At last, it is my turn. I hand the clerk my peach-colored notification slip and show her my identification when she asks to see it. Meanwhile, a second clerk opens her window and the lady from behind me rushes towards it.

She plops the package down on the scale and, with a voice dripping with frustration, says, “Priority Mail.” The clerk glances at the package and slides if off the scale saying “This is the wrong kind of tape, I can’t accept this package.” “What? Are you kidding me‽” The tone of the lady’s voice catches the attention of the clerk who is helping me, and she chimes in ; “You can’t use masking tape, it won’t stay sealed.”

“It’s the only tape I have.”

“It’s an FAA regulation, you have to use packing tape.”

“This is ridiculous!” She picks up her package and stomps out the door.

My clerk retreats to the back room to locate my package. While I wait, a middle-aged hispanic man approaches the other clerk with a dirty and dented Priority Mail box. He says “I’ve mailed this twice and both times it has come back to me. Why?”

Just then, my clerk returns holding my package. It’s a book sent to me from a magician in Singapore, so it requires a signature release. The clerk asks to see my identification again, I scrawl a “signature” on the touch screen with my finger, and I depart.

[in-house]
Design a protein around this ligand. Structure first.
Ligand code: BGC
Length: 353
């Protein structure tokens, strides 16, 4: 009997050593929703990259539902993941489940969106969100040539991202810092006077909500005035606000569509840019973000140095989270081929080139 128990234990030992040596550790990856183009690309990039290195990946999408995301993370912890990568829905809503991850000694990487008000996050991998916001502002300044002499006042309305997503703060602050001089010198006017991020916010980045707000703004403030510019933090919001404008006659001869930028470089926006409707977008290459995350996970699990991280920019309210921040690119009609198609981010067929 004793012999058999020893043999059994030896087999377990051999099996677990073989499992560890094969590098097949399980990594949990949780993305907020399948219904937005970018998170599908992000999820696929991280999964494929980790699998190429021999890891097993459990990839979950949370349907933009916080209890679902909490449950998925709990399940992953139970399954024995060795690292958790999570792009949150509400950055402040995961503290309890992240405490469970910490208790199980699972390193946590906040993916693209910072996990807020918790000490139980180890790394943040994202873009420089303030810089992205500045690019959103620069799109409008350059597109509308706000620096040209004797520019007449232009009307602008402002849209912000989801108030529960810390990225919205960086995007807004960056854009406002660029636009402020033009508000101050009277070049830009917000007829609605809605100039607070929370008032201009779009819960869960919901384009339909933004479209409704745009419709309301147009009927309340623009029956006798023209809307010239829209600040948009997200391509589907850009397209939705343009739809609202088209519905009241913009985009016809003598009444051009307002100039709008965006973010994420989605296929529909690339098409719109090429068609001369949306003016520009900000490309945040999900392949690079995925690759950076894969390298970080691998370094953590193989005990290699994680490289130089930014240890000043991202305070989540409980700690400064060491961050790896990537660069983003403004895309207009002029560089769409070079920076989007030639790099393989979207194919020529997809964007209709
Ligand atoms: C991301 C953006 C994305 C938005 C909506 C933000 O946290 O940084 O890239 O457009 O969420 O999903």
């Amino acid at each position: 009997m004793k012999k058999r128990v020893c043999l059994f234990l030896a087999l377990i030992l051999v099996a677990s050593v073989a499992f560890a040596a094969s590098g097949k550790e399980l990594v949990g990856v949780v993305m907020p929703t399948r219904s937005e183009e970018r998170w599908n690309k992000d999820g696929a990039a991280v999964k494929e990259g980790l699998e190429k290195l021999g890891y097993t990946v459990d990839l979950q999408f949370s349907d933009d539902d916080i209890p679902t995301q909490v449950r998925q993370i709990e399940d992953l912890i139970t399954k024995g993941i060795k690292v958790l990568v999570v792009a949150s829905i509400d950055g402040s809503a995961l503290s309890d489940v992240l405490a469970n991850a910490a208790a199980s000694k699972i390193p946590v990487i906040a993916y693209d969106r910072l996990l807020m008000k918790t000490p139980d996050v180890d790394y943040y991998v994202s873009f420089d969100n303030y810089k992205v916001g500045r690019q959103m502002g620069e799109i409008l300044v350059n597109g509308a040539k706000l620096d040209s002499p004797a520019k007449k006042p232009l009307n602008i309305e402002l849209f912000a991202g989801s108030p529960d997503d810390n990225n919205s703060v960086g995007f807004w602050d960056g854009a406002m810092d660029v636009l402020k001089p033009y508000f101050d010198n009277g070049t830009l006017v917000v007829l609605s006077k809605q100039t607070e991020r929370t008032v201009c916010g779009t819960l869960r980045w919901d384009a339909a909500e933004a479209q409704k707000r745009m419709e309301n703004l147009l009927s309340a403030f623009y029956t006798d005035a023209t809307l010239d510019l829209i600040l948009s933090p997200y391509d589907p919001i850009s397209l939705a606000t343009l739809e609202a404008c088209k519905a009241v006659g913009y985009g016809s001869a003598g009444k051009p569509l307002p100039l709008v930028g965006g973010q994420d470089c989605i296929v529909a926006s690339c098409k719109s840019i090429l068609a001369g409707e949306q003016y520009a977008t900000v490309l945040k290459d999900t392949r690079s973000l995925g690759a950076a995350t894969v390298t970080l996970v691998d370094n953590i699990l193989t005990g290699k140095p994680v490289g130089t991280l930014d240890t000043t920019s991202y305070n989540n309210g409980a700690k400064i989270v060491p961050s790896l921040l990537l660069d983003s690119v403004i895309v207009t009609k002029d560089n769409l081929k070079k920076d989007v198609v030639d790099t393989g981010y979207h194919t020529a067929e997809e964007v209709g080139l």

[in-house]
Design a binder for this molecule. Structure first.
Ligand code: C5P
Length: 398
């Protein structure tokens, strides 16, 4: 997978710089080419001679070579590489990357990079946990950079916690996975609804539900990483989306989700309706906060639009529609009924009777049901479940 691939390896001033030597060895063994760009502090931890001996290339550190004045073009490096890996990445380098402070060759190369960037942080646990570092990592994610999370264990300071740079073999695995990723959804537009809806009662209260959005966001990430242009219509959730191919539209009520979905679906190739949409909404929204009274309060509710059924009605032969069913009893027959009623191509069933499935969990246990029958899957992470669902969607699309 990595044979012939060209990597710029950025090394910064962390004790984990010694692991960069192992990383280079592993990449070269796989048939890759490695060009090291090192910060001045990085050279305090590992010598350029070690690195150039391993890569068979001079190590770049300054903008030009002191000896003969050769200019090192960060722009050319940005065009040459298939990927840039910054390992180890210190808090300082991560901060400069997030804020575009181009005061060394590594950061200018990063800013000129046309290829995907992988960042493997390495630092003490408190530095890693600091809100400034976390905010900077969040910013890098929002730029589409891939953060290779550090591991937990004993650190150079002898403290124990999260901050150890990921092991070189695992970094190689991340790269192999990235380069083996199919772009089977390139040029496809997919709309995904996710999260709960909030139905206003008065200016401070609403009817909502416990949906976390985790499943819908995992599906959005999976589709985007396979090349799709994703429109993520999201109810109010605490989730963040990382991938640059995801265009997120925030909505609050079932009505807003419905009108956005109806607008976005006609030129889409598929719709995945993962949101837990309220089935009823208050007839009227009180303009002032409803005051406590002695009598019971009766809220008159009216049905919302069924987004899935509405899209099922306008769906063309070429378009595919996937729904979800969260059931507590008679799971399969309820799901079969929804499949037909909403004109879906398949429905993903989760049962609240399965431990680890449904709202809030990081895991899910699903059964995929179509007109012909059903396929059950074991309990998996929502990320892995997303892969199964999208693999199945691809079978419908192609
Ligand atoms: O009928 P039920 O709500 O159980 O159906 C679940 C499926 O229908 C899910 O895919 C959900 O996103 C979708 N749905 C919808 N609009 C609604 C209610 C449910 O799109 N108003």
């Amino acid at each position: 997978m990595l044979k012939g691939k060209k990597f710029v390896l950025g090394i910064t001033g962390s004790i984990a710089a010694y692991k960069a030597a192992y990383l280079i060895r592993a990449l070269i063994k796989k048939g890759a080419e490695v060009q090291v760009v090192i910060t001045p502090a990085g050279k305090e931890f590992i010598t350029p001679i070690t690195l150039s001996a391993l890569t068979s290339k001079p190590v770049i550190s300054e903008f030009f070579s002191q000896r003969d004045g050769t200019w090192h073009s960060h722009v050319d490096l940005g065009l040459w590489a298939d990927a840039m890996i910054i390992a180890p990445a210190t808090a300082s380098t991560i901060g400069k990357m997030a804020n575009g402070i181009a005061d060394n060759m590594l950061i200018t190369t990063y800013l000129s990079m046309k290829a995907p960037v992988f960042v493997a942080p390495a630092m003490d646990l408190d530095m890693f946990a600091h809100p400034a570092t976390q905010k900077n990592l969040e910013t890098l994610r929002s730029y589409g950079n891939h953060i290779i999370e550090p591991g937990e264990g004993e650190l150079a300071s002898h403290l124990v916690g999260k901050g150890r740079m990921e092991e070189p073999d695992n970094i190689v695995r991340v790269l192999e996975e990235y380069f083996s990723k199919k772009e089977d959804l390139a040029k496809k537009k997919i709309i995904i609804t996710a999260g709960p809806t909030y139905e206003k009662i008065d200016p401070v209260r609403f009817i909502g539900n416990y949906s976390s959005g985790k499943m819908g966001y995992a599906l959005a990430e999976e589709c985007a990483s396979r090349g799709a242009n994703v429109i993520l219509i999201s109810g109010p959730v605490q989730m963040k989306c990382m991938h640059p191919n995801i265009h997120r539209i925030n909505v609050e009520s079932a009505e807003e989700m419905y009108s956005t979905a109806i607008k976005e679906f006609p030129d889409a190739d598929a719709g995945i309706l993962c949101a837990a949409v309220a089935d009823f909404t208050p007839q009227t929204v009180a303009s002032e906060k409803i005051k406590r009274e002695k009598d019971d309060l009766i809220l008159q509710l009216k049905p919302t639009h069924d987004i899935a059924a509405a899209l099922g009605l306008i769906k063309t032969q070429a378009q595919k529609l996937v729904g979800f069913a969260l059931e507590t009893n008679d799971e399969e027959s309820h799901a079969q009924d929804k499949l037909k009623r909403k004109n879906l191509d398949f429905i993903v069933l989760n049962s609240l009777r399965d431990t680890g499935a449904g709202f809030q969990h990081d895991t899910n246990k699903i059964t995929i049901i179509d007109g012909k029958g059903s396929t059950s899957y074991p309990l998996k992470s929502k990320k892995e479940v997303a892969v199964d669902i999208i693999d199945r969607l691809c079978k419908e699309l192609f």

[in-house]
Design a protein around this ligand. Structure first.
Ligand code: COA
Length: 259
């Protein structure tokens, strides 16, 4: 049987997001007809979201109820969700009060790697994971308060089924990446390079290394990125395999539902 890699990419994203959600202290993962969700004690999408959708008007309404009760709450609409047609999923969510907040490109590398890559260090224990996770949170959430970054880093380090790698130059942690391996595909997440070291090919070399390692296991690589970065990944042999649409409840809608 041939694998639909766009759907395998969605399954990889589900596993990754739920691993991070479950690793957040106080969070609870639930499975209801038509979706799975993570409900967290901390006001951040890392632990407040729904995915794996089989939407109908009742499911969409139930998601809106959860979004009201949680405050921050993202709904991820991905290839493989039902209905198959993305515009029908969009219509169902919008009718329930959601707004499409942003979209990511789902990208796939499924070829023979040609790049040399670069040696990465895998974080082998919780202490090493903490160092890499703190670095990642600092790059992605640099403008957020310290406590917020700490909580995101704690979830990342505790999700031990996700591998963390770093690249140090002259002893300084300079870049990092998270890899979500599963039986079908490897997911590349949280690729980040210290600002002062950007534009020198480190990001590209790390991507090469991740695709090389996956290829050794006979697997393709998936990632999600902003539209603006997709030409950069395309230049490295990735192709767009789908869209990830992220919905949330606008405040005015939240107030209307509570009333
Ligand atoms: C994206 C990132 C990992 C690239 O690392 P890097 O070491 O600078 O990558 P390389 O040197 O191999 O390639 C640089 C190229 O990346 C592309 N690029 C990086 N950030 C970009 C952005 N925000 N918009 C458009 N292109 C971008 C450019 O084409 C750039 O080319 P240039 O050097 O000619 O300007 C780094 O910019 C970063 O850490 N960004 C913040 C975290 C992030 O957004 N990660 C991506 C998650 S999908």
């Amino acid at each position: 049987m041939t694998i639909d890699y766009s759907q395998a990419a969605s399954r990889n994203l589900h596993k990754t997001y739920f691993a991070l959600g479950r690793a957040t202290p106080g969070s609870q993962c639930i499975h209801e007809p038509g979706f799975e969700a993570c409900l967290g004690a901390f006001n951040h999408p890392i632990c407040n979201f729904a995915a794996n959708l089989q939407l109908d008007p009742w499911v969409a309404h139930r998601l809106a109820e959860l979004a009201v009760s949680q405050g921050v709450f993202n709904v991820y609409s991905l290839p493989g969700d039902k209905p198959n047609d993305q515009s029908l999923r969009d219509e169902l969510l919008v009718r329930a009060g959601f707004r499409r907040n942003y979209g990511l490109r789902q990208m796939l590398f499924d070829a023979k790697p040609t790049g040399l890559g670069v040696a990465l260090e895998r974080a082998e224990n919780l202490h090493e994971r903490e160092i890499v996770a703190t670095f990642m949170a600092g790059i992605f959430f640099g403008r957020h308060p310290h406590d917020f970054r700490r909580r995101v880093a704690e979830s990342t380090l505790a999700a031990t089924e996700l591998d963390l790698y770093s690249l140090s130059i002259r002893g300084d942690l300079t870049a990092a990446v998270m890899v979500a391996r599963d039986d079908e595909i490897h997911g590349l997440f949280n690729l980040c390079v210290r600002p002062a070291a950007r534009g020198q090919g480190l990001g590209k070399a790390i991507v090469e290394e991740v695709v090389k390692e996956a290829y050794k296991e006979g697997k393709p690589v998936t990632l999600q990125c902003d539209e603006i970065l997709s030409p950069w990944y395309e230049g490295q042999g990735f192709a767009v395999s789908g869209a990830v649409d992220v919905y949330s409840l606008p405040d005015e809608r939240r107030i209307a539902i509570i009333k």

I guess I’ll never know why that guy’s package keeps coming back.

(Photo by Tim Evans on Unsplash. Thanks!)

Dear future resident

Last summer, during landscaping work, we created and then buried a “time capsule” in our backyard. It includes some tchotchkes and surprises, but also some pandemic-related “new normal” artifacts. (Such as Trump’s ridiculous national postcard.) Hopefully, when it’s dug up many years from now they will think “Oh, yeah, I’ve heard that viruses used to be a problem. Hey, isn’t this the ex-president who was imprisoned?”